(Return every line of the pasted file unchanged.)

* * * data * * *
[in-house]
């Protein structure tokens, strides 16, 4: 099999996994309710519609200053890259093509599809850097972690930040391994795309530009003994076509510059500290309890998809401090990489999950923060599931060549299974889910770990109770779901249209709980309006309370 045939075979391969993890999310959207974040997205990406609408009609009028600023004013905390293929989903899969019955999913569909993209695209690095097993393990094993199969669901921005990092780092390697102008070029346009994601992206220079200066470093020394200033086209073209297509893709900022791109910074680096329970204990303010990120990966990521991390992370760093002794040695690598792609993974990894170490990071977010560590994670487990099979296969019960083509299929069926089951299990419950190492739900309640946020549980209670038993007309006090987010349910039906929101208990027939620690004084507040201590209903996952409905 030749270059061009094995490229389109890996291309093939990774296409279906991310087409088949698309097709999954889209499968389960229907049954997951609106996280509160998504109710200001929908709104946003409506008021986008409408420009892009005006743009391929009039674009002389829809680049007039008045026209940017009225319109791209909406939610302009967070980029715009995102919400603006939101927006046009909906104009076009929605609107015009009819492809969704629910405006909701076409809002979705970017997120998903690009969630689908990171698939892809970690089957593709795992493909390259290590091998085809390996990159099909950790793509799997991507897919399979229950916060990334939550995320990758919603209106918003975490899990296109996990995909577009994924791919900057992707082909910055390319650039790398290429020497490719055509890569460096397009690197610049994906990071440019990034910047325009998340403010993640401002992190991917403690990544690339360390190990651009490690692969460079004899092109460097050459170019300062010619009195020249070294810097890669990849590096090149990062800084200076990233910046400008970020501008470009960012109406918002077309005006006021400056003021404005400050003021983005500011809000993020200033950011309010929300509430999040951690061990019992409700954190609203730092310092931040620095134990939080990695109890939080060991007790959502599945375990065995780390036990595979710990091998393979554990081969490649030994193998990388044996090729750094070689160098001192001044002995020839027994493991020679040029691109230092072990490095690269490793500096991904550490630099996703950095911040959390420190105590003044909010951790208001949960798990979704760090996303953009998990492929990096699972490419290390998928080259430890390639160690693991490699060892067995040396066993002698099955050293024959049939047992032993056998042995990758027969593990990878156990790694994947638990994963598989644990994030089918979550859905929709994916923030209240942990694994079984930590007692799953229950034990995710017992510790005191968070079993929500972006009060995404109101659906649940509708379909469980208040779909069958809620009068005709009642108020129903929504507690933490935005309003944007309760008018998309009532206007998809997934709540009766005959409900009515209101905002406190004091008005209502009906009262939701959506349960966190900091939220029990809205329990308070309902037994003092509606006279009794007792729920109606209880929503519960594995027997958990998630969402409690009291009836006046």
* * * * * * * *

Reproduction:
[in-house]
């Protein structure tokens, strides 16, 4: 099999996994309710519609200053890259093509599809850097972690930040391994795309530009003994076509510059500290309890998809401090990489999950923060599931060549299974889910770990109770779901249209709980309006309370 045939075979391969993890999310959207974040997205990406609408009609009028600023004013905390293929989903899969019955999913569909993209695209690095097993393990094993199969669901921005990092780092390697102008070029346009994601992206220079200066470093020394200033086209073209297509893709900022791109910074680096329970204990303010990120990966990521991390992370760093002794040695690598792609993974990894170490990071977010560590994670487990099979296969019960083509299929069926089951299990419950190492739900309640946020549980209670038993007309006090987010349910039906929101208990027939620690004084507040201590209903996952409905 030749270059061009094995490229389109890996291309093939990774296409279906991310087409088949698309097709999954889209499968389960229907049954997951609106996280509160998504109710200001929908709104946003409506008021986008409408420009892009005006743009391929009039674009002389829809680049007039008045026209940017009225319109791209909406939610302009967070980029715009995102919400603006939101927006046009909906104009076009929605609107015009009819492809969704629910405006909701076409809002979705970017997120998903690009969630689908990171698939892809970690089957593709795992493909390259290590091998085809390996990159099909950790793509799997991507897919399979229950916060990334939550995320990758919603209106918003975490899990296109996990995909577009994924791919900057992707082909910055390319650039790398290429020497490719055509890569460096397009690197610049994906990071440019990034910047325009998340403010993640401002992190991917403690990544690339360390190990651009490690692969460079004899092109460097050459170019300062010619009195020249070294810097890669990849590096090149990062800084200076990233910046400008970020501008470009960012109406918002077309005006006021400056003021404005400050003021983005500011809000993020200033950011309010929300509430999040951690061990019992409700954190609203730092310092931040620095134990939080990695109890939080060991007790959502599945375990065995780390036990595979710990091998393979554990081969490649030994193998990388044996090729750094070689160098001192001044002995020839027994493991020679040029691109230092072990490095690269490793500096991904550490630099996703950095911040959390420190105590003044909010951790208001949960798990979704760090996303953009998990492929990096699972490419290390998928080259430890390639160690693991490699060892067995040396066993002698099955050293024959049939047992032993056998042995990758027969593990990878156990790694994947638990994963598989644990994030089918979550859905929709994916923030209240942990694994079984930590007692799953229950034990995710017992510790005191968070079993929500972006009060995404109101659906649940509708379909469980208040779909069958809620009068005709009642108020129903929504507690933490935005309003944007309760008018998309009532206007998809997934709540009766005959409900009515209101905002406190004091008005209502009906009262939701959506349960966190900091939220029990809205329990308070309902037994003092509606006279009794007792729920109606209880929503519960594995027997958990998630969402409690009291009836006046």